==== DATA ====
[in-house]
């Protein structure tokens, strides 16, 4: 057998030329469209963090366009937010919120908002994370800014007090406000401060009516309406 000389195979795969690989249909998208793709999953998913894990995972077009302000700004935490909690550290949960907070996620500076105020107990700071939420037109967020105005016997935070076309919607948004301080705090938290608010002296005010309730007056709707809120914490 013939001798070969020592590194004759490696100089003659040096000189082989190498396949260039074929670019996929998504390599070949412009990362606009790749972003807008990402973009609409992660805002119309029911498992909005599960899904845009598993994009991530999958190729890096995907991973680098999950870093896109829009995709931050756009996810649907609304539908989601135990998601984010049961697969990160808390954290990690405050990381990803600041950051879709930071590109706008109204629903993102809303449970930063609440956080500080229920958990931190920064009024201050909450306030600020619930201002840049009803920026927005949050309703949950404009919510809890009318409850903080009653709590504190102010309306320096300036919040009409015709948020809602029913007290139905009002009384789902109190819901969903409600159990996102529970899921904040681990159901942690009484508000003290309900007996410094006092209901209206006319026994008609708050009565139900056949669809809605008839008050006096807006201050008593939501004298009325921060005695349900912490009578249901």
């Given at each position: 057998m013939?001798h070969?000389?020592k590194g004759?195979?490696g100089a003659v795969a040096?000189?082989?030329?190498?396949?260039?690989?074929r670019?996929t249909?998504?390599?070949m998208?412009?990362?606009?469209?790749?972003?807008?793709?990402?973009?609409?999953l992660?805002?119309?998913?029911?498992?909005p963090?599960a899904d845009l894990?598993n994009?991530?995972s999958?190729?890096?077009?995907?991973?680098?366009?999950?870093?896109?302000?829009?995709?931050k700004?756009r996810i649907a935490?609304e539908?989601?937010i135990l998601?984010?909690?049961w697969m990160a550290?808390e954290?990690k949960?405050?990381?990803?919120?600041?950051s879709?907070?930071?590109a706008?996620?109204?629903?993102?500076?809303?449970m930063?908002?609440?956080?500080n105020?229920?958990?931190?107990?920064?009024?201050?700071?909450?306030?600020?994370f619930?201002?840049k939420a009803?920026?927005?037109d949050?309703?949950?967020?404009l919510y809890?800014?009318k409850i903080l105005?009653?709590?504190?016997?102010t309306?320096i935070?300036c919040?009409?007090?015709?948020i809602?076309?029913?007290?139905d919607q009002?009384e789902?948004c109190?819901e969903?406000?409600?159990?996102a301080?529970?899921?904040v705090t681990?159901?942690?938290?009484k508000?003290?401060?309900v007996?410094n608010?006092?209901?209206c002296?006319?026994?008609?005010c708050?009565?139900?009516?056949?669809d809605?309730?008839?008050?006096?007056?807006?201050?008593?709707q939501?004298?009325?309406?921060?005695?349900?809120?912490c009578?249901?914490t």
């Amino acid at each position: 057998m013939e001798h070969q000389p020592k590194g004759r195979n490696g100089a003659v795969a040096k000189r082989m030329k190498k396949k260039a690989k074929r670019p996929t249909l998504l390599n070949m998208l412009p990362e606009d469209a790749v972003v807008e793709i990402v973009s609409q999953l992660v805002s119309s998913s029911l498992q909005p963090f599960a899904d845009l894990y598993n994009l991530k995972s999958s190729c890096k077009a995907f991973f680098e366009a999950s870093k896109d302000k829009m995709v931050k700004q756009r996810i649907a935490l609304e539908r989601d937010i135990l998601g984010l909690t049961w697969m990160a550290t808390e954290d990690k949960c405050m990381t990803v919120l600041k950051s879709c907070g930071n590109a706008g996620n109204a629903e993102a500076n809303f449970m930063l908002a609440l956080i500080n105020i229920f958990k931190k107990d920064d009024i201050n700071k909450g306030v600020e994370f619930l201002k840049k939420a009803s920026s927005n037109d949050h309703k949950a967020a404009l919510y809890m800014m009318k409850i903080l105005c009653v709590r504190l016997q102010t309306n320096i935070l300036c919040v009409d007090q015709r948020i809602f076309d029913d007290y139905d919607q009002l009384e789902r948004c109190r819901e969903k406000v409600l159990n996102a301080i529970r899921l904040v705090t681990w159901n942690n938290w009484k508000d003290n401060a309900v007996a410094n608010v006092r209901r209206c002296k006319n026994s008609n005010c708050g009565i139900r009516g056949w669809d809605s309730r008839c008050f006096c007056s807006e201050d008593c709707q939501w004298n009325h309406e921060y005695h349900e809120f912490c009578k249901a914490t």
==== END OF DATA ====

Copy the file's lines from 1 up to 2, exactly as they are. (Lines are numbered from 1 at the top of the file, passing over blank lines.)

[in-house]
């Protein structure tokens, strides 16, 4: 057998030329469209963090366009937010919120908002994370800014007090406000401060009516309406 000389195979795969690989249909998208793709999953998913894990995972077009302000700004935490909690550290949960907070996620500076105020107990700071939420037109967020105005016997935070076309919607948004301080705090938290608010002296005010309730007056709707809120914490 013939001798070969020592590194004759490696100089003659040096000189082989190498396949260039074929670019996929998504390599070949412009990362606009790749972003807008990402973009609409992660805002119309029911498992909005599960899904845009598993994009991530999958190729890096995907991973680098999950870093896109829009995709931050756009996810649907609304539908989601135990998601984010049961697969990160808390954290990690405050990381990803600041950051879709930071590109706008109204629903993102809303449970930063609440956080500080229920958990931190920064009024201050909450306030600020619930201002840049009803920026927005949050309703949950404009919510809890009318409850903080009653709590504190102010309306320096300036919040009409015709948020809602029913007290139905009002009384789902109190819901969903409600159990996102529970899921904040681990159901942690009484508000003290309900007996410094006092209901209206006319026994008609708050009565139900056949669809809605008839008050006096807006201050008593939501004298009325921060005695349900912490009578249901």